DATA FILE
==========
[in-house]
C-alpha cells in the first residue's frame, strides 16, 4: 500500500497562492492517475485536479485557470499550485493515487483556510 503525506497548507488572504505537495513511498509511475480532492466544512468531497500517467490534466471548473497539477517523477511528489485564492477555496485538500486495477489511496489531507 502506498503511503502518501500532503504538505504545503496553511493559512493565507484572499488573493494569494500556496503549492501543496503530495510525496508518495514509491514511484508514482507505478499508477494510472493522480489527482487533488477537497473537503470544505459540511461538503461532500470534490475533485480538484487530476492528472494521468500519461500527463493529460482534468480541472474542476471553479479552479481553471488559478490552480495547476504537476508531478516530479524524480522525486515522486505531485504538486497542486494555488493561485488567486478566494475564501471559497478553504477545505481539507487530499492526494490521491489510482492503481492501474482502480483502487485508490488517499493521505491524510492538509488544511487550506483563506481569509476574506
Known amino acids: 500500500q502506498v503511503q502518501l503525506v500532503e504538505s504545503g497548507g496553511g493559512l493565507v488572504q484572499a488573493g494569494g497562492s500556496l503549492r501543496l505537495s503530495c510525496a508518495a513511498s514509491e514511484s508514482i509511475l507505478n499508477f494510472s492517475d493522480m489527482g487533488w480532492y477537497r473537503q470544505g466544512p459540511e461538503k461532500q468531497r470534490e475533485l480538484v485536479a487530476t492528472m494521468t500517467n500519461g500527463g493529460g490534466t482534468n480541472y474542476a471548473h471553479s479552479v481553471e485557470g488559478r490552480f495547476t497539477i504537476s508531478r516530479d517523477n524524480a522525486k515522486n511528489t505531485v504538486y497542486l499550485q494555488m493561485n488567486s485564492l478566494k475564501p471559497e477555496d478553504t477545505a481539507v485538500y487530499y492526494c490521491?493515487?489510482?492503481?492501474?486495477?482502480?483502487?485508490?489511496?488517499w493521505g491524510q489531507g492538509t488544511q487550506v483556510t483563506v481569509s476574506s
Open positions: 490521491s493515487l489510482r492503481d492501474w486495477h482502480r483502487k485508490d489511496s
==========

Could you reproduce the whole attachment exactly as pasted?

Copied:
[in-house]
C-alpha cells in the first residue's frame, strides 16, 4: 500500500497562492492517475485536479485557470499550485493515487483556510 503525506497548507488572504505537495513511498509511475480532492466544512468531497500517467490534466471548473497539477517523477511528489485564492477555496485538500486495477489511496489531507 502506498503511503502518501500532503504538505504545503496553511493559512493565507484572499488573493494569494500556496503549492501543496503530495510525496508518495514509491514511484508514482507505478499508477494510472493522480489527482487533488477537497473537503470544505459540511461538503461532500470534490475533485480538484487530476492528472494521468500519461500527463493529460482534468480541472474542476471553479479552479481553471488559478490552480495547476504537476508531478516530479524524480522525486515522486505531485504538486497542486494555488493561485488567486478566494475564501471559497478553504477545505481539507487530499492526494490521491489510482492503481492501474482502480483502487485508490488517499493521505491524510492538509488544511487550506483563506481569509476574506
Known amino acids: 500500500q502506498v503511503q502518501l503525506v500532503e504538505s504545503g497548507g496553511g493559512l493565507v488572504q484572499a488573493g494569494g497562492s500556496l503549492r501543496l505537495s503530495c510525496a508518495a513511498s514509491e514511484s508514482i509511475l507505478n499508477f494510472s492517475d493522480m489527482g487533488w480532492y477537497r473537503q470544505g466544512p459540511e461538503k461532500q468531497r470534490e475533485l480538484v485536479a487530476t492528472m494521468t500517467n500519461g500527463g493529460g490534466t482534468n480541472y474542476a471548473h471553479s479552479v481553471e485557470g488559478r490552480f495547476t497539477i504537476s508531478r516530479d517523477n524524480a522525486k515522486n511528489t505531485v504538486y497542486l499550485q494555488m493561485n488567486s485564492l478566494k475564501p471559497e477555496d478553504t477545505a481539507v485538500y487530499y492526494c490521491?493515487?489510482?492503481?492501474?486495477?482502480?483502487?485508490?489511496?488517499w493521505g491524510q489531507g492538509t488544511q487550506v483556510t483563506v481569509s476574506s
Open positions: 490521491s493515487l489510482r492503481d492501474w486495477h482502480r483502487k485508490d489511496s